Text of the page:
Belarusian opposition leader Svetlana Tikhanovskaya in an interview with AFP called on Russia to "listen to the people" after protests over the jailing of Kremlin critic Alexei Navalny.
Tikhanovskaya, whose husband was imprisoned in Belarus last year after trying to register as a presidential candidate, also drew a parallel between her fate and that of Navalny’s wife Yulia.
She urged her to “hold on, fight and have faith”.
“When they imprison our husbands for their campaigning and their desire to improve life in our countries, we wives can only stand in their place and support them how we can,” she said.
She said Russia‘s leadership should “above all listen to the people, to their demands, find out what’s wrong and try to resolve this in a civilised way, without batons or stun guns”.
The imprisonment of Navalny, a campaigner who has accused President Vladimir Putin of corruption, has led to a wave of protests across Russia that have been harshly put down by the authorities.
Putin is a close ally of Belarusian President Alexander Lukashenko, an authoritarian leader who was re-elected for a sixth time last year in an election that the EU considers illegitimate.
Tikhanovskaya, who also claimed victory in that vote, fled to neighbouring Lithuania amid a bloody crackdown on mass demonstrations against Lukashenko.
‘The regime will collapse’
Speaking ahead of the six-month anniversary of the start of the demonstrations in her own country, Tikhanovskaya said there was evidence that Belarus’s political system “is shaking”.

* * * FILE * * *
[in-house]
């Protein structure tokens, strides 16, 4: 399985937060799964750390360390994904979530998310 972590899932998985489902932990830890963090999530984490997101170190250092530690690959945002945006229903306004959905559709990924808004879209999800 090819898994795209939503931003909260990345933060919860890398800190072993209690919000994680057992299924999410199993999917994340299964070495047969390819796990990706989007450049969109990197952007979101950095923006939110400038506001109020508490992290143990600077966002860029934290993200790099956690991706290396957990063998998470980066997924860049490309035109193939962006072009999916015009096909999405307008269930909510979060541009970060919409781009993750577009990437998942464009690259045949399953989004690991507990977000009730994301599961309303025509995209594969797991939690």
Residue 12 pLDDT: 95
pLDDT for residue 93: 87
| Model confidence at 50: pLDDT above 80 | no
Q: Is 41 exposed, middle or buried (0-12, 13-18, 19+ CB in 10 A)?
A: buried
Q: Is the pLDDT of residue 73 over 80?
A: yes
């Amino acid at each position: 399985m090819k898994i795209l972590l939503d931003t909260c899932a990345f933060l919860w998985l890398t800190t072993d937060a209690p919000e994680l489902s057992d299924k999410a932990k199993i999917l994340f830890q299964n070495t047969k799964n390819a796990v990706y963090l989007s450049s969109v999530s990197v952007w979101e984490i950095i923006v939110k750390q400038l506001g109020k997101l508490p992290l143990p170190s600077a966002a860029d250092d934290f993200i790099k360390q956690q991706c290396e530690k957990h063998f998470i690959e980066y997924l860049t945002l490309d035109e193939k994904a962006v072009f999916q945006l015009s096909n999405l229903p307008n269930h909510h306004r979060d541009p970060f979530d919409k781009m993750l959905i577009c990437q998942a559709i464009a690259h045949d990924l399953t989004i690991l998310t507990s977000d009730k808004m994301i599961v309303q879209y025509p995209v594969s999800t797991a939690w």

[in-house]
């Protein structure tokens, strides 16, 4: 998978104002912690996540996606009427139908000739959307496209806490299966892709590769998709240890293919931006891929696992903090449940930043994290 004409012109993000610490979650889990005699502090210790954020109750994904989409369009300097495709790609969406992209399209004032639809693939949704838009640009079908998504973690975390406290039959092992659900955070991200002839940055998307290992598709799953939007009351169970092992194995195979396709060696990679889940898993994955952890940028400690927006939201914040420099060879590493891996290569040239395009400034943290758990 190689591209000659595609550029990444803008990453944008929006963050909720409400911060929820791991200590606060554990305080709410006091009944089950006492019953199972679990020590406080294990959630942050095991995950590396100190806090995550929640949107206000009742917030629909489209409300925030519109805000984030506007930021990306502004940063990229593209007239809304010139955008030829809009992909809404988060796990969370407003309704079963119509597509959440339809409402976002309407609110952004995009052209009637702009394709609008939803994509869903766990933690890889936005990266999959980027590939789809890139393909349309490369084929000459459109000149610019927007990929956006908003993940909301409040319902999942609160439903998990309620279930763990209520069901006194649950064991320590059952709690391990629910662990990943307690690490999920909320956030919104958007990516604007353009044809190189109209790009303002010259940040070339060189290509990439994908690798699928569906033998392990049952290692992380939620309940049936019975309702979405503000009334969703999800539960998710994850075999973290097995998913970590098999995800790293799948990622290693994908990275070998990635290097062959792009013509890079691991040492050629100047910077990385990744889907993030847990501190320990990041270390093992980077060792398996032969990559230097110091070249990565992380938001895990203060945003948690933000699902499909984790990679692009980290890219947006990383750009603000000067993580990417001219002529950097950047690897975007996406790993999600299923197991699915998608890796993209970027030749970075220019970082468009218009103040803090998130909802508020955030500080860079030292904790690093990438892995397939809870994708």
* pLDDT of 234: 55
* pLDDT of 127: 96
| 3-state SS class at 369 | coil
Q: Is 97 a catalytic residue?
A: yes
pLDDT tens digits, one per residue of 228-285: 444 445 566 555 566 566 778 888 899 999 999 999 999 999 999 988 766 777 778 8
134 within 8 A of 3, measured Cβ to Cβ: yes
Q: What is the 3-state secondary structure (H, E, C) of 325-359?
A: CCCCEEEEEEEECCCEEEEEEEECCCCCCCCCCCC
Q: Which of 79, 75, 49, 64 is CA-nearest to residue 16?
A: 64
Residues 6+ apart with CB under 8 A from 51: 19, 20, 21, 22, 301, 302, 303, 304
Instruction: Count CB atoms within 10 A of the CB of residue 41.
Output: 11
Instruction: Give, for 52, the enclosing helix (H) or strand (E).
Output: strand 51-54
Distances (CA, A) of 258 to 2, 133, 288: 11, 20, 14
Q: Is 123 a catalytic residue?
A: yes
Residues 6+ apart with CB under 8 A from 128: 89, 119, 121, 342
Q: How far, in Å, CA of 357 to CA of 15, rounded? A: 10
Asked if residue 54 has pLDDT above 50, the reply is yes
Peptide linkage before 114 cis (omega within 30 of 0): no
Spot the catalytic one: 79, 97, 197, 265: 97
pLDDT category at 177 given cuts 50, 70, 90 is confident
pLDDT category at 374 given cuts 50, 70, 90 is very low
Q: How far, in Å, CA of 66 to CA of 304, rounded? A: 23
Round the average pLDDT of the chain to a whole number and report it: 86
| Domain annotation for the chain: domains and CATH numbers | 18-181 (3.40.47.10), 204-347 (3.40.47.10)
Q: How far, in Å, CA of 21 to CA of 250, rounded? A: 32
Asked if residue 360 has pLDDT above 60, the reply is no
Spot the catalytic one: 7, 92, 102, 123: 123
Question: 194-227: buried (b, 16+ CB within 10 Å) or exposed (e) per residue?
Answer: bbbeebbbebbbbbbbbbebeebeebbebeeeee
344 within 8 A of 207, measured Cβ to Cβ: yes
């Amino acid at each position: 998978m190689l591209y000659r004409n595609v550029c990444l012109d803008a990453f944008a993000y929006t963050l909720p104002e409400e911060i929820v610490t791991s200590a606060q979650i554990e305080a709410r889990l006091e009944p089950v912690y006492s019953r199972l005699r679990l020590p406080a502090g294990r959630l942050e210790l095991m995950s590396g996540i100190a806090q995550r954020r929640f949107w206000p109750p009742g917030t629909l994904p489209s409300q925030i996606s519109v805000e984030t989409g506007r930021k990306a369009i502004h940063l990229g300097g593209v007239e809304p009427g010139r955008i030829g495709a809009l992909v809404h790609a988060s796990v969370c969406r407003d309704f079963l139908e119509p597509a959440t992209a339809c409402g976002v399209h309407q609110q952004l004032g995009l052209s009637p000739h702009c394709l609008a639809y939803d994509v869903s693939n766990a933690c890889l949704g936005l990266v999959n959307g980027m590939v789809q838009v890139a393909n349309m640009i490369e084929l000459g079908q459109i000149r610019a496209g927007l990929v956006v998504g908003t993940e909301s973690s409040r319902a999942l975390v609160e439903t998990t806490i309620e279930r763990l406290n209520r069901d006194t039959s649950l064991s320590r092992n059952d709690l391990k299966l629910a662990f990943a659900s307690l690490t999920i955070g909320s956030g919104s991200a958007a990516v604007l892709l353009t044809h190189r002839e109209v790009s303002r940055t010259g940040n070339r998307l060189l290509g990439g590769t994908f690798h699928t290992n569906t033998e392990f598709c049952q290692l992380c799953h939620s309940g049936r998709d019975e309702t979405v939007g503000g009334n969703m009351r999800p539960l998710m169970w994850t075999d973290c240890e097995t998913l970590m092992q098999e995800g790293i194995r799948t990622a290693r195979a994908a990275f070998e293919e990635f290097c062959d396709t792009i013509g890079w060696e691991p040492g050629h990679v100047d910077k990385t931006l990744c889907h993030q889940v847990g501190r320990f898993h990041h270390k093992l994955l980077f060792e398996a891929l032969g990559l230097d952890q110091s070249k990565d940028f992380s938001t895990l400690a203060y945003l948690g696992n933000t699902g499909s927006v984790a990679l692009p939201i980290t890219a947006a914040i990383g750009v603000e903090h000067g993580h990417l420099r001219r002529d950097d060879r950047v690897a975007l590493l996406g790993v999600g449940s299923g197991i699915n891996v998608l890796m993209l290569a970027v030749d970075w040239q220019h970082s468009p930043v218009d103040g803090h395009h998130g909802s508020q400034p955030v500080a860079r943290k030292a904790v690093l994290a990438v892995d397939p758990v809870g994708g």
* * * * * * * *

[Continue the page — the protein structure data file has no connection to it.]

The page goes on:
“The regime will collapse from within,” she said, pointing in particular to a growing number of law enforcement officials leaking information about alleged human rights violations by police.
“It won’t happen by magic. Belarusians have to do this step by step, constantly keep up the pressure… It is the only way,” she said.
She also repeated her calls for additional “heavy and wide-ranging” EU sanctions on Belarus, saying that existing ones had been “very measured and this has disappointed many Belarusians”.
Tikhanovskaya and her team have set up an online public database for recording possible human rights violations by Belarusian authorities that she hopes will eventually lead to prosecutions.
EU member Lithuania has already begun an investigation under universal jurisdiction and Tikhanovskaya said she hoped more countries would follow suit.
“You can help by showing the regime that we are watching, we are monitoring, we are exercising pressure on this lawlessness,” she said.
Tikhanovskaya is calling for new elections in Belarus in which Lukashenko, who has been in power since 1994, would not be allowed to stand.
Lukashenko has ruled out fresh elections.
‘He has faith in me’
The 38-year-old mother of two, who only stood for election when her husband was prevented from doing so, has previously ruled out standing in any fresh elections, but now says it is possible.
“If I am needed at that moment, if I am useful to Belarusians as a politician, a young one, then of course I will be there.
“But if I understand that everything is in safe hands… I would go back to a normal life with a clear conscience with my children and my husband.“
For now, her husband Sergei, a popular blogger, remains in prison on charges of organising unrest and the two have to communicate through a lawyer.
“We can’t call or see each other, we just send each other letters” carried by the lawyer.
“It’s been eight months so of course he’s tired… But he’s holding up. He has faith in Belarusians and he has faith in me.”